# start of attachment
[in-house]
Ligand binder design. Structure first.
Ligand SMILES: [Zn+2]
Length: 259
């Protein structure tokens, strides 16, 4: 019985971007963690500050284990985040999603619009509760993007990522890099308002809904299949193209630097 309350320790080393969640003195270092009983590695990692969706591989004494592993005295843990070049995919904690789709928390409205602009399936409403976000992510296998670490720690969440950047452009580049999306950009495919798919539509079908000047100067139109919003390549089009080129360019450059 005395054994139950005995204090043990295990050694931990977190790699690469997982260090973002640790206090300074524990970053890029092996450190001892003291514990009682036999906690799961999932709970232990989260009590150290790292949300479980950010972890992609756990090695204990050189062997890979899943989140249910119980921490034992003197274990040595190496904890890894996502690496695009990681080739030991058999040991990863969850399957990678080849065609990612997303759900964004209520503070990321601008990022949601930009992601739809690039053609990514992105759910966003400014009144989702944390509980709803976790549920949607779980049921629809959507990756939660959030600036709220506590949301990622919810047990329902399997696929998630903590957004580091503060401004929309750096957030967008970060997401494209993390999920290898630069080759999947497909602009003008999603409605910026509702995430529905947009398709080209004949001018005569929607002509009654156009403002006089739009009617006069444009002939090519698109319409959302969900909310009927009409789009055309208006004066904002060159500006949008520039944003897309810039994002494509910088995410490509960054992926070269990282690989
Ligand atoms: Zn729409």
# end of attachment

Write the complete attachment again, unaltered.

[in-house]
Ligand binder design. Structure first.
Ligand SMILES: [Zn+2]
Length: 259
């Protein structure tokens, strides 16, 4: 019985971007963690500050284990985040999603619009509760993007990522890099308002809904299949193209630097 309350320790080393969640003195270092009983590695990692969706591989004494592993005295843990070049995919904690789709928390409205602009399936409403976000992510296998670490720690969440950047452009580049999306950009495919798919539509079908000047100067139109919003390549089009080129360019450059 005395054994139950005995204090043990295990050694931990977190790699690469997982260090973002640790206090300074524990970053890029092996450190001892003291514990009682036999906690799961999932709970232990989260009590150290790292949300479980950010972890992609756990090695204990050189062997890979899943989140249910119980921490034992003197274990040595190496904890890894996502690496695009990681080739030991058999040991990863969850399957990678080849065609990612997303759900964004209520503070990321601008990022949601930009992601739809690039053609990514992105759910966003400014009144989702944390509980709803976790549920949607779980049921629809959507990756939660959030600036709220506590949301990622919810047990329902399997696929998630903590957004580091503060401004929309750096957030967008970060997401494209993390999920290898630069080759999947497909602009003008999603409605910026509702995430529905947009398709080209004949001018005569929607002509009654156009403002006089739009009617006069444009002939090519698109319409959302969900909310009927009409789009055309208006004066904002060159500006949008520039944003897309810039994002494509910088995410490509960054992926070269990282690989
Ligand atoms: Zn729409």